Management of Alcohol Dependence in Patients with Liver Disease

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Abstract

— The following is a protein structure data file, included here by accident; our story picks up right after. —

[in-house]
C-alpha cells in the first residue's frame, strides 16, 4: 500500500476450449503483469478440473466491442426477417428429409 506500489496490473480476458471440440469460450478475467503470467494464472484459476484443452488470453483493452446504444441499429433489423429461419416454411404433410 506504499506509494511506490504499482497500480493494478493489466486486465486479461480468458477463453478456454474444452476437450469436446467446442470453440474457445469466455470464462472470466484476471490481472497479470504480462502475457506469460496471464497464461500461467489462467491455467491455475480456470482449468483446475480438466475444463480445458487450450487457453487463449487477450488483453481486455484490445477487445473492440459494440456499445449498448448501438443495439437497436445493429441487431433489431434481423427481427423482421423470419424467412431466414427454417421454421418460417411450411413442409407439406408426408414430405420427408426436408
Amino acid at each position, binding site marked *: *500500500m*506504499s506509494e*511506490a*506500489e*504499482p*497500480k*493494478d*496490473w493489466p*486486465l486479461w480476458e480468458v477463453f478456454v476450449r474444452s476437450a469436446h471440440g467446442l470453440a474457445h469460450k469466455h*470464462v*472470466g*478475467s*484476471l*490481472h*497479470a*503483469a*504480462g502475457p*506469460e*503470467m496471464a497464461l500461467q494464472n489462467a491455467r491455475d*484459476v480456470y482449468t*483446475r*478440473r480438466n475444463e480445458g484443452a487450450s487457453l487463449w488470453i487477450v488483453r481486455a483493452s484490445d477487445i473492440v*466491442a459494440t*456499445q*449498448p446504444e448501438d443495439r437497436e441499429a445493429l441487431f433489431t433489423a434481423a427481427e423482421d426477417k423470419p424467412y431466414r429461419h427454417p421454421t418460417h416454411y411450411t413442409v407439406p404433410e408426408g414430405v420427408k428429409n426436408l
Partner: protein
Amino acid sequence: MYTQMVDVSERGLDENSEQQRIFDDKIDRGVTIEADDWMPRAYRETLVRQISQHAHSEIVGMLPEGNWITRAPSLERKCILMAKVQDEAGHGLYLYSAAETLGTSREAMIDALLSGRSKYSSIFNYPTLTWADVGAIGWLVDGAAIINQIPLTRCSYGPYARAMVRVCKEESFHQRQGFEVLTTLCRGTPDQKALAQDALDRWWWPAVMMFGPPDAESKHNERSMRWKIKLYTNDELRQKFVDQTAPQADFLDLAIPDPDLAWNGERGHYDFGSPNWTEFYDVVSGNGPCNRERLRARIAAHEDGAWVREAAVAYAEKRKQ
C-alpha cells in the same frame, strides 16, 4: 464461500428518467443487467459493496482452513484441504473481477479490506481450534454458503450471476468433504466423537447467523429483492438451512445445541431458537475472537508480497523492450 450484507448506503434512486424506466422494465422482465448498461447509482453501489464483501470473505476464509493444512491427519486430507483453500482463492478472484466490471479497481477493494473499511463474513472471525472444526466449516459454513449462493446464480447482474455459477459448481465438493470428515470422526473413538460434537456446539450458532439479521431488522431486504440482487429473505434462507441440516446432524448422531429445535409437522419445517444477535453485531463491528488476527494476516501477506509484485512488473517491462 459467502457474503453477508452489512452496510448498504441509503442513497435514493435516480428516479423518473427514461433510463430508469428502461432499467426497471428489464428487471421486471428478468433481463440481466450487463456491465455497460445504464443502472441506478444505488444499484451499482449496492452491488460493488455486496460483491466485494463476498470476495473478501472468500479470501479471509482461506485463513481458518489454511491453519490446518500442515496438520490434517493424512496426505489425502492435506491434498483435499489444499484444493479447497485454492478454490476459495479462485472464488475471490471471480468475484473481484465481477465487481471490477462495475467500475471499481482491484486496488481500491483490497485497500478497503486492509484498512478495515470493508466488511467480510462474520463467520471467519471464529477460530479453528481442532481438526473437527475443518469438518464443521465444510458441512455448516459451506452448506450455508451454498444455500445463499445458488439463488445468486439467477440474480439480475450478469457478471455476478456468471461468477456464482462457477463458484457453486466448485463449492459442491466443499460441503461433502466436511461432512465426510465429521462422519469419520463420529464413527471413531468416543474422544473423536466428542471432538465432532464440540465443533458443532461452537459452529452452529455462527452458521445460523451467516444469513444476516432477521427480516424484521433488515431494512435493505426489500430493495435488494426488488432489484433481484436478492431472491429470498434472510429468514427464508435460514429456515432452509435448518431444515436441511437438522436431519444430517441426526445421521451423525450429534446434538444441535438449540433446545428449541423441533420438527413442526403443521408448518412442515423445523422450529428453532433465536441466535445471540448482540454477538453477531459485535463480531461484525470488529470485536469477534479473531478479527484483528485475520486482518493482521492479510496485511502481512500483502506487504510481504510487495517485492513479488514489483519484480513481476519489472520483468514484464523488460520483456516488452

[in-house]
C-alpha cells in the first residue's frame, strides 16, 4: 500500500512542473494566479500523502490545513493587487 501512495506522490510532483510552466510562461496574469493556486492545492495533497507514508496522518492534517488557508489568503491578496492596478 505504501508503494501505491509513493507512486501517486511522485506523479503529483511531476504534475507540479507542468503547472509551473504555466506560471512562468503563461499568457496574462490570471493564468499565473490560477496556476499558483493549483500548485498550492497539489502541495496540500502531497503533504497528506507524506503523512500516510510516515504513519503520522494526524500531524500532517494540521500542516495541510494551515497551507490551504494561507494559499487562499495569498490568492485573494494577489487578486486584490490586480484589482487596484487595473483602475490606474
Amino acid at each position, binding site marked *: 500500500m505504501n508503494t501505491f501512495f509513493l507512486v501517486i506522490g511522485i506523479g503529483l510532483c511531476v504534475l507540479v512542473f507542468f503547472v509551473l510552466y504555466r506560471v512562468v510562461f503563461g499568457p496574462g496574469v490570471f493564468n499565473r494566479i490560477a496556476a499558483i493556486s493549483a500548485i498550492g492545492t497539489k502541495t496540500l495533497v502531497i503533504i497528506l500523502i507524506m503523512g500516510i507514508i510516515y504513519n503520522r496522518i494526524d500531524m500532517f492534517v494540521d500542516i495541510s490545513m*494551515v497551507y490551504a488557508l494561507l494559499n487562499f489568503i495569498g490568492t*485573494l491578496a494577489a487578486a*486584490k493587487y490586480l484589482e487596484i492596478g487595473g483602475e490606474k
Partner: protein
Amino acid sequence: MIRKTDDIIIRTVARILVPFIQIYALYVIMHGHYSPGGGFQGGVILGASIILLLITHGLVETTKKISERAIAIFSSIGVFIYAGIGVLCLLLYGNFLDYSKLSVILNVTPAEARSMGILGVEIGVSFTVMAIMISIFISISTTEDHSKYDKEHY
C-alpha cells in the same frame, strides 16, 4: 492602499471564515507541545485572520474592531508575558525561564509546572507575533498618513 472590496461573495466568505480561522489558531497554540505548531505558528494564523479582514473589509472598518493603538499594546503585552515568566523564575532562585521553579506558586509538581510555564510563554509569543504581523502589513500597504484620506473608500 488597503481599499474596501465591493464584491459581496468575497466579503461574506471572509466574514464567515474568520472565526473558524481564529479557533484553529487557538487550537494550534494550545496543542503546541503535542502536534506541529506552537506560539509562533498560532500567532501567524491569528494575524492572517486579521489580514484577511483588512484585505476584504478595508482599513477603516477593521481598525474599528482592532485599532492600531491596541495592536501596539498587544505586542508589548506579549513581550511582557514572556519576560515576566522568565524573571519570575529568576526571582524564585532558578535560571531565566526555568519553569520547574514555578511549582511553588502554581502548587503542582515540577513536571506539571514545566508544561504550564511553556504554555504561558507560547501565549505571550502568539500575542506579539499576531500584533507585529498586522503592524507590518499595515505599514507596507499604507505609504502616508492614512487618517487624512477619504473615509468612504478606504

Alcohol dependence represents a chronic and relapsing disease affecting nearly 10 % of the general population both in the USA and in Europe, with a widespread burden of morbidity and mortality. Alcohol dependence represents the most common cause of liver damage in the Western world. Although alcoholic liver disease is associated primarily with heavy drinking, continued alcohol consumption, even in low doses after the onset of liver disease, increases the risk of severe consequences, including mortality. Consequently, the ideal treatment of patients affected by alcohol dependence and alcoholic liver disease should aim at achieving long-term total alcohol abstinence and preventing relapse. The aim of the present review is to provide an update on the management of alcohol dependence in patients with alcoholic liver disease. Increasing evidence suggests the usefulness of psychosocial interventions and medications combined in order to reduce alcohol intake, promote abstinence and prevent relapse in alcohol-dependent patients. Disulfiram, naltrexone and acamprosate have been approved for this indication; gamma-hydroxybutyric acid (GHB) is approved in Italy and Austria. However, these drugs have not been tested in patients with advanced liver disease. Amongst other emerging pharmacotherapies for alcoholism, topiramate, ondansetron, and baclofen seem the most promising ones. Both topiramate and ondansetron have a safe profile in alcoholic patients; however, none of them has been tested in alcoholic patients with advanced liver disease. To date, baclofen represents the only anti-craving medication formally tested in a randomized clinical trial in alcoholic patients affected by liver cirrhosis, although additional confirmatory studies are warranted.

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